Challenge: Reduce Waste Now

by

Elise Golan

In June 2013, the U.S. Department of Agriculture (USDA) and the U.S. Environmental Protection Agency (EPA) launched the U.S. Food Waste Challenge, calling on businesses and organizations across the food chain to reduce, recover, and recycle food waste in their operations.

Food waste is roughly estimated at between 30-40 percent of the U.S. food supply. By reducing this waste, we can help ease pressure on our precious natural resources and reduce production of methane gas, a potent greenhouse gas that is generated by food decomposing in landfills. We can also help put food on the table for families in need.

The USDA estimates that 2008, the amount of uneaten food in homes and restaurants was valued at roughly $390 per U.S. consumer – more than an average month’s worth of food expenditures and almost three times the average monthly Supplemental Nutrition Assistance Program (SNAP) benefit. By reducing our food waste, each of us could put some of this money back in our pockets.

By reducing their food waste, manufacturers, restaurants and food stores can improve their bottom line. By donating excess food, they can also help put food on the table for families in need. Across the county, businesses are doing just that.

Feeding America, a leading domestic hunger-relief charity, estimates that food donations supplied 2.7 billion meals to its clientele in 2010. “Rock and Wrap It Up!”, an award-winning national hunger relief program, provides 100,000 meals every week from the leftovers from schools, hotels, sporting events, rock concerts, political gatherings, film shoots and television productions.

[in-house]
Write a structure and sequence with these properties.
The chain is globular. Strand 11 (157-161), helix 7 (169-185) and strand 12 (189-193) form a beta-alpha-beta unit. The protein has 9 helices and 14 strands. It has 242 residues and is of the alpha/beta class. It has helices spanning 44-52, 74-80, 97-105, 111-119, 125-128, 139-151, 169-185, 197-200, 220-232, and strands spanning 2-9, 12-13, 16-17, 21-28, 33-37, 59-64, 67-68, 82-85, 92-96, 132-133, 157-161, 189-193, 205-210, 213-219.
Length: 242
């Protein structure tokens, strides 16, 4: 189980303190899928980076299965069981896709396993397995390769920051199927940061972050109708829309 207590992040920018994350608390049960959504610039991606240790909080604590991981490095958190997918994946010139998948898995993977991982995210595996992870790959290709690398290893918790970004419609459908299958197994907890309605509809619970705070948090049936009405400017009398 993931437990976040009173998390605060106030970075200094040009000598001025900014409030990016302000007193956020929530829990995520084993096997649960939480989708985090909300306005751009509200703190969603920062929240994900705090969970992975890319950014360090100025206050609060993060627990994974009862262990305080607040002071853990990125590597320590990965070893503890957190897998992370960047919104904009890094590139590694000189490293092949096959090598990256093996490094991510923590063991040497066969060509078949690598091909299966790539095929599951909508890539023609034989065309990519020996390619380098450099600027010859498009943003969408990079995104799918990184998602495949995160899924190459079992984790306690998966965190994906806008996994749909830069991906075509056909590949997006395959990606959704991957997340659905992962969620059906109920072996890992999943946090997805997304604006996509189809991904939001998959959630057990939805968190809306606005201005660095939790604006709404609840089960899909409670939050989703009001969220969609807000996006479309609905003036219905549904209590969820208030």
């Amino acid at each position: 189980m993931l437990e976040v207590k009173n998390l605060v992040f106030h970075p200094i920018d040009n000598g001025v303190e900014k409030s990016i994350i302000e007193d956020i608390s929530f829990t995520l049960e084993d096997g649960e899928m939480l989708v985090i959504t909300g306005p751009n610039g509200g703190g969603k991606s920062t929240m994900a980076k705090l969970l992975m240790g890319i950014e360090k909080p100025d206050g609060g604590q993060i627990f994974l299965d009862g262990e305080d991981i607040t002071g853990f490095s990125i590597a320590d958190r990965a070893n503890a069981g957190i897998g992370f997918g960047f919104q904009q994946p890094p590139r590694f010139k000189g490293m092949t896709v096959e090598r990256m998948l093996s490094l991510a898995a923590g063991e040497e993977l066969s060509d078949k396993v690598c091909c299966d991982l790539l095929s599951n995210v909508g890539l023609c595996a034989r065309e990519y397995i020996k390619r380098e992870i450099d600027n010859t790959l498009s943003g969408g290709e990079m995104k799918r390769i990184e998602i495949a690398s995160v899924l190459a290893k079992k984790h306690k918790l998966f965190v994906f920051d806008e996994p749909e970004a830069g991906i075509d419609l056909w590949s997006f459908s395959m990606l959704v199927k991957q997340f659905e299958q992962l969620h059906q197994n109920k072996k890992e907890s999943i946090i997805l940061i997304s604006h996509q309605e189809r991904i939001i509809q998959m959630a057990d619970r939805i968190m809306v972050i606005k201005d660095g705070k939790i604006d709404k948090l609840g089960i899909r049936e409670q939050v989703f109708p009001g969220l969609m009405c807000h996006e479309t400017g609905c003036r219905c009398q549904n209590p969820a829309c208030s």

As part of its contribution to the U.S. Food Waste Challenge, USDA is initiating a wide range of activities including activities to reduce waste in the school meals program, educate consumers about food waste and food storage, and develop new technologies to reduce food waste.

USDA will also work with industry to increase donations from imported produce that does not meet standards, streamline procedures for donating wholesome “misbranded” meat and poultry products, update U.S. food loss estimates at the retail level, and pilot-test a meat-composting program to reduce the amount of meat being sent to landfills from food safety inspection labs.

By working together, we can reduce food waste in the United States and put more food on the table for families in need.

Elise Golan is Director for Sustainable Development at the Office of the Chief Economist, U.S. Department of Agriculture

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